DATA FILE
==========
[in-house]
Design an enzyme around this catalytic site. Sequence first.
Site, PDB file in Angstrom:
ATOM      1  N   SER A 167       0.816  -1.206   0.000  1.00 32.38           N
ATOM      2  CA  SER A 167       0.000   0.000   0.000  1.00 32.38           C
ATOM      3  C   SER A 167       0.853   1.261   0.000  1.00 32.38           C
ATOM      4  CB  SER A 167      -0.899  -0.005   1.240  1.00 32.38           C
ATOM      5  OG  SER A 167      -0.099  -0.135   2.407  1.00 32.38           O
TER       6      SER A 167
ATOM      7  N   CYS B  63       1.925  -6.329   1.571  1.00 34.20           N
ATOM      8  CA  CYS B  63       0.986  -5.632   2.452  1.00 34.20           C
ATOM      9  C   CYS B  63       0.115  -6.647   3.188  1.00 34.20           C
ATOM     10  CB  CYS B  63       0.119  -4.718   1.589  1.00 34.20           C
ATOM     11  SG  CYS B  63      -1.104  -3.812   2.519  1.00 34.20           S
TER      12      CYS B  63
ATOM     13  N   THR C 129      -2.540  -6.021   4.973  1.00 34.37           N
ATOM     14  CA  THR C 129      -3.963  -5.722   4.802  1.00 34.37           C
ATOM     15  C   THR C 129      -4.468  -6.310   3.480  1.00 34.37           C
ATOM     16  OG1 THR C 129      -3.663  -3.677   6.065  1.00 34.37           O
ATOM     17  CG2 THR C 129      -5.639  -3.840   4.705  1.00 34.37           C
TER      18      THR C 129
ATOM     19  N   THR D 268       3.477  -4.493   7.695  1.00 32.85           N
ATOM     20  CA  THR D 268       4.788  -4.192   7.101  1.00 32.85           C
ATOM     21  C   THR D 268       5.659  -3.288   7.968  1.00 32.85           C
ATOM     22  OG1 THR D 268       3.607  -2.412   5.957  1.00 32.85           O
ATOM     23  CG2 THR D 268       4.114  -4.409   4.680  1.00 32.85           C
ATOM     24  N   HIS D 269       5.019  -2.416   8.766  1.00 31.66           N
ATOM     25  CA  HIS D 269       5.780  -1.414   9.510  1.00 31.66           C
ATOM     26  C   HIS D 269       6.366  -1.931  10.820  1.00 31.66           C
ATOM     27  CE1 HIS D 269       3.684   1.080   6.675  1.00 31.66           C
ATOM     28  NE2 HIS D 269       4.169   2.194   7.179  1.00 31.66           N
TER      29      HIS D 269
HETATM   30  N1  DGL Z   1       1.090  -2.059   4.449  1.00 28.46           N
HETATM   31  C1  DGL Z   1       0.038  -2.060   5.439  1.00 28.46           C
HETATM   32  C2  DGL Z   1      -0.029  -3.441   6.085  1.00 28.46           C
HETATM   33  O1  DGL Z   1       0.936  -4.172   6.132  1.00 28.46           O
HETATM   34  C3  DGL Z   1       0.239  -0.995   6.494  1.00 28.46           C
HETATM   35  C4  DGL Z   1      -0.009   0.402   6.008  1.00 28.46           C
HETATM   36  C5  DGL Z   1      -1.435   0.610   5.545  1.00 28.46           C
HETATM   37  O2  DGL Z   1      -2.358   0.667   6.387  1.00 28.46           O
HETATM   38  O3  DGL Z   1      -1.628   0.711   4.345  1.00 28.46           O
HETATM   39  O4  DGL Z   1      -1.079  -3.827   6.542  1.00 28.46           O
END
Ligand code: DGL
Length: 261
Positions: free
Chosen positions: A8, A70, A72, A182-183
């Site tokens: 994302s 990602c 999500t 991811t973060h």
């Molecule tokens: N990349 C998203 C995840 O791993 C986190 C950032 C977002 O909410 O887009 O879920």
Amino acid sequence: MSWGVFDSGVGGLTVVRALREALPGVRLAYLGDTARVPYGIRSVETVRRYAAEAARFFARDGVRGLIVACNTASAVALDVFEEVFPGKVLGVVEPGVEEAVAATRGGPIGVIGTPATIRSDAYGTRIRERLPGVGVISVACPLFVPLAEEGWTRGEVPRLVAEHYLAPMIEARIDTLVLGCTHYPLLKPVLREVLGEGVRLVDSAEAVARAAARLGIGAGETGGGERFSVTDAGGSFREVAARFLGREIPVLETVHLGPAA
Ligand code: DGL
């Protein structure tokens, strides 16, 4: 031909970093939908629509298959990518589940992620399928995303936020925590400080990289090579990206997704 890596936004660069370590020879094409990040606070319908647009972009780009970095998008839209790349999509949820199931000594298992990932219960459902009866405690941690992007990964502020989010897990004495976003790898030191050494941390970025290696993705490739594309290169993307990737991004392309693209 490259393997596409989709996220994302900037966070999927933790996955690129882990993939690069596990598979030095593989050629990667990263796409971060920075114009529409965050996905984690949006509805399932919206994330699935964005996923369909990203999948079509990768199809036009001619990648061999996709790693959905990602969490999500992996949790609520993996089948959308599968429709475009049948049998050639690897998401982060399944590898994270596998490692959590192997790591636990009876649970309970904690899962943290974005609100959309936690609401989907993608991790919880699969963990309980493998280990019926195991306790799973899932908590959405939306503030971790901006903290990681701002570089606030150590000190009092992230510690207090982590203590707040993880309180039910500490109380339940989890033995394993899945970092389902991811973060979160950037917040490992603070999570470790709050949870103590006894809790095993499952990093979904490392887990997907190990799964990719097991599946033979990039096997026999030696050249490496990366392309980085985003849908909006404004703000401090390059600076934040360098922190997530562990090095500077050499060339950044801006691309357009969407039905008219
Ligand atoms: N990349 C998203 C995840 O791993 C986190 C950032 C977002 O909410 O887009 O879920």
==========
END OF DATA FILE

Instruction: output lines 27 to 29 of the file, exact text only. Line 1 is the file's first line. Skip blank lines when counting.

ATOM     24  N   HIS D 269       5.019  -2.416   8.766  1.00 31.66           N
ATOM     25  CA  HIS D 269       5.780  -1.414   9.510  1.00 31.66           C
ATOM     26  C   HIS D 269       6.366  -1.931  10.820  1.00 31.66           C